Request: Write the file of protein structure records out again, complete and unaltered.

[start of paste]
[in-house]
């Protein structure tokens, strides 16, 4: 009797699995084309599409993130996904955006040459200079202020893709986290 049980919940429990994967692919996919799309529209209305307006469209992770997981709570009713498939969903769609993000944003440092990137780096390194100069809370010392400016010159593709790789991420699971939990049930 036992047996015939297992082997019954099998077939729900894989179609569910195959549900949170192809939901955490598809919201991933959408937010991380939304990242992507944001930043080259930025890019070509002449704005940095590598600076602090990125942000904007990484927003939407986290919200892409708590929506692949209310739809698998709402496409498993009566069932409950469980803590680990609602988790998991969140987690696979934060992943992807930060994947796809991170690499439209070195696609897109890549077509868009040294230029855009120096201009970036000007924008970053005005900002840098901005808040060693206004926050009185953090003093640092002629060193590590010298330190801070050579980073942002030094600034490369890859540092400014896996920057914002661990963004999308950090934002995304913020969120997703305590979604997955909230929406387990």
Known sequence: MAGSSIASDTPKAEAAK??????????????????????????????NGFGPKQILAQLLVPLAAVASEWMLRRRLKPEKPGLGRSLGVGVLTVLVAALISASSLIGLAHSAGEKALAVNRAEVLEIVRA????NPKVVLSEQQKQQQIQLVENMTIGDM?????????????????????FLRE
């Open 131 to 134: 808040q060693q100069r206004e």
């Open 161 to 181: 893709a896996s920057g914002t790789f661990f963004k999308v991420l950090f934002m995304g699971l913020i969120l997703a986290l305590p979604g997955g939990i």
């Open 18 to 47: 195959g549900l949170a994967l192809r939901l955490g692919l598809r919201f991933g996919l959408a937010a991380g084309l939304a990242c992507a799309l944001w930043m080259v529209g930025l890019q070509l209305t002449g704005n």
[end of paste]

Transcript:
[in-house]
């Protein structure tokens, strides 16, 4: 009797699995084309599409993130996904955006040459200079202020893709986290 049980919940429990994967692919996919799309529209209305307006469209992770997981709570009713498939969903769609993000944003440092990137780096390194100069809370010392400016010159593709790789991420699971939990049930 036992047996015939297992082997019954099998077939729900894989179609569910195959549900949170192809939901955490598809919201991933959408937010991380939304990242992507944001930043080259930025890019070509002449704005940095590598600076602090990125942000904007990484927003939407986290919200892409708590929506692949209310739809698998709402496409498993009566069932409950469980803590680990609602988790998991969140987690696979934060992943992807930060994947796809991170690499439209070195696609897109890549077509868009040294230029855009120096201009970036000007924008970053005005900002840098901005808040060693206004926050009185953090003093640092002629060193590590010298330190801070050579980073942002030094600034490369890859540092400014896996920057914002661990963004999308950090934002995304913020969120997703305590979604997955909230929406387990």
Known sequence: MAGSSIASDTPKAEAAK??????????????????????????????NGFGPKQILAQLLVPLAAVASEWMLRRRLKPEKPGLGRSLGVGVLTVLVAALISASSLIGLAHSAGEKALAVNRAEVLEIVRA????NPKVVLSEQQKQQQIQLVENMTIGDM?????????????????????FLRE
């Open 131 to 134: 808040q060693q100069r206004e």
């Open 161 to 181: 893709a896996s920057g914002t790789f661990f963004k999308v991420l950090f934002m995304g699971l913020i969120l997703a986290l305590p979604g997955g939990i």
């Open 18 to 47: 195959g549900l949170a994967l192809r939901l955490g692919l598809r919201f991933g996919l959408a937010a991380g084309l939304a990242c992507a799309l944001w930043m080259v529209g930025l890019q070509l209305t002449g704005n």